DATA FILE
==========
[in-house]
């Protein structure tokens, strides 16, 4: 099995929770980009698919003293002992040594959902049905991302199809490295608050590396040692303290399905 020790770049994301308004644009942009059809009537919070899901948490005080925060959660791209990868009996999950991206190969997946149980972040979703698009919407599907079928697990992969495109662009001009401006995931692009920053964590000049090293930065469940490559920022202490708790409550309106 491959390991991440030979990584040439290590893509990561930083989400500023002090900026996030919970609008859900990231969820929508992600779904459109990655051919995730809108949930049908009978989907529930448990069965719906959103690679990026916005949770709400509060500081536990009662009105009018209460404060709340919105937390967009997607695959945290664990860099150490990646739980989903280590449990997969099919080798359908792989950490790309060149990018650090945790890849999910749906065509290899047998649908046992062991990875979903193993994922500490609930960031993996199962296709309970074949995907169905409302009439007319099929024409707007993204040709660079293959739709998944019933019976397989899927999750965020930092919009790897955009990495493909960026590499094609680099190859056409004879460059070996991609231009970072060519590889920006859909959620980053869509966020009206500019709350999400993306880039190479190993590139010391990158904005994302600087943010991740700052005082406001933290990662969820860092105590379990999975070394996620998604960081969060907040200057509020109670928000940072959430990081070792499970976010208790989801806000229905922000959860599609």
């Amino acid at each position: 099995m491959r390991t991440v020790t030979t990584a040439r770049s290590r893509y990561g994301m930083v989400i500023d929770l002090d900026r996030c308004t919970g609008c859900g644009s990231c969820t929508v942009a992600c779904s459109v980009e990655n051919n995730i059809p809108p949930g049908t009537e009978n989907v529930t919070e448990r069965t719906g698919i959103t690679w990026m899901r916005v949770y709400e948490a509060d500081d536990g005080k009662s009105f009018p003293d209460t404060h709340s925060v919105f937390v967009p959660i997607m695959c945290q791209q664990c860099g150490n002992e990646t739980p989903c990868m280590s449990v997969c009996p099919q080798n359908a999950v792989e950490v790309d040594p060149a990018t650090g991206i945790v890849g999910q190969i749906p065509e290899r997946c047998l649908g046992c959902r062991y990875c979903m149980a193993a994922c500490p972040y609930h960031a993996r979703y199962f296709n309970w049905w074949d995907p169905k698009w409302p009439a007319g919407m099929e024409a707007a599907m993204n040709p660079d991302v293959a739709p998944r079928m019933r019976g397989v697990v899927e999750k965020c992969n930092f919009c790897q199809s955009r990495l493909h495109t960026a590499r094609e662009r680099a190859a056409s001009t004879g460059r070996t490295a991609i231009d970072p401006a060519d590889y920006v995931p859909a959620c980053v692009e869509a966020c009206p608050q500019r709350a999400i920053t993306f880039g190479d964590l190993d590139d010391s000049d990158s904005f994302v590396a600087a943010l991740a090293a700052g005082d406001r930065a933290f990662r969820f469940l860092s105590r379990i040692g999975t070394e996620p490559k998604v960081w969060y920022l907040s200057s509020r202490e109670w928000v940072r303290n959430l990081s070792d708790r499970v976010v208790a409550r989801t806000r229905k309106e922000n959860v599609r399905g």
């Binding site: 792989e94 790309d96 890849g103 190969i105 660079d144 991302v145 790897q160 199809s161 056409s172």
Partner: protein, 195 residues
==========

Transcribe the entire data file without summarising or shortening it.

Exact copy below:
[in-house]
């Protein structure tokens, strides 16, 4: 099995929770980009698919003293002992040594959902049905991302199809490295608050590396040692303290399905 020790770049994301308004644009942009059809009537919070899901948490005080925060959660791209990868009996999950991206190969997946149980972040979703698009919407599907079928697990992969495109662009001009401006995931692009920053964590000049090293930065469940490559920022202490708790409550309106 491959390991991440030979990584040439290590893509990561930083989400500023002090900026996030919970609008859900990231969820929508992600779904459109990655051919995730809108949930049908009978989907529930448990069965719906959103690679990026916005949770709400509060500081536990009662009105009018209460404060709340919105937390967009997607695959945290664990860099150490990646739980989903280590449990997969099919080798359908792989950490790309060149990018650090945790890849999910749906065509290899047998649908046992062991990875979903193993994922500490609930960031993996199962296709309970074949995907169905409302009439007319099929024409707007993204040709660079293959739709998944019933019976397989899927999750965020930092919009790897955009990495493909960026590499094609680099190859056409004879460059070996991609231009970072060519590889920006859909959620980053869509966020009206500019709350999400993306880039190479190993590139010391990158904005994302600087943010991740700052005082406001933290990662969820860092105590379990999975070394996620998604960081969060907040200057509020109670928000940072959430990081070792499970976010208790989801806000229905922000959860599609």
């Amino acid at each position: 099995m491959r390991t991440v020790t030979t990584a040439r770049s290590r893509y990561g994301m930083v989400i500023d929770l002090d900026r996030c308004t919970g609008c859900g644009s990231c969820t929508v942009a992600c779904s459109v980009e990655n051919n995730i059809p809108p949930g049908t009537e009978n989907v529930t919070e448990r069965t719906g698919i959103t690679w990026m899901r916005v949770y709400e948490a509060d500081d536990g005080k009662s009105f009018p003293d209460t404060h709340s925060v919105f937390v967009p959660i997607m695959c945290q791209q664990c860099g150490n002992e990646t739980p989903c990868m280590s449990v997969c009996p099919q080798n359908a999950v792989e950490v790309d040594p060149a990018t650090g991206i945790v890849g999910q190969i749906p065509e290899r997946c047998l649908g046992c959902r062991y990875c979903m149980a193993a994922c500490p972040y609930h960031a993996r979703y199962f296709n309970w049905w074949d995907p169905k698009w409302p009439a007319g919407m099929e024409a707007a599907m993204n040709p660079d991302v293959a739709p998944r079928m019933r019976g397989v697990v899927e999750k965020c992969n930092f919009c790897q199809s955009r990495l493909h495109t960026a590499r094609e662009r680099a190859a056409s001009t004879g460059r070996t490295a991609i231009d970072p401006a060519d590889y920006v995931p859909a959620c980053v692009e869509a966020c009206p608050q500019r709350a999400i920053t993306f880039g190479d964590l190993d590139d010391s000049d990158s904005f994302v590396a600087a943010l991740a090293a700052g005082d406001r930065a933290f990662r969820f469940l860092s105590r379990i040692g999975t070394e996620p490559k998604v960081w969060y920022l907040s200057s509020r202490e109670w928000v940072r303290n959430l990081s070792d708790r499970v976010v208790a409550r989801t806000r229905k309106e922000n959860v599609r399905g």
């Binding site: 792989e94 790309d96 890849g103 190969i105 660079d144 991302v145 790897q160 199809s161 056409s172």
Partner: protein, 195 residues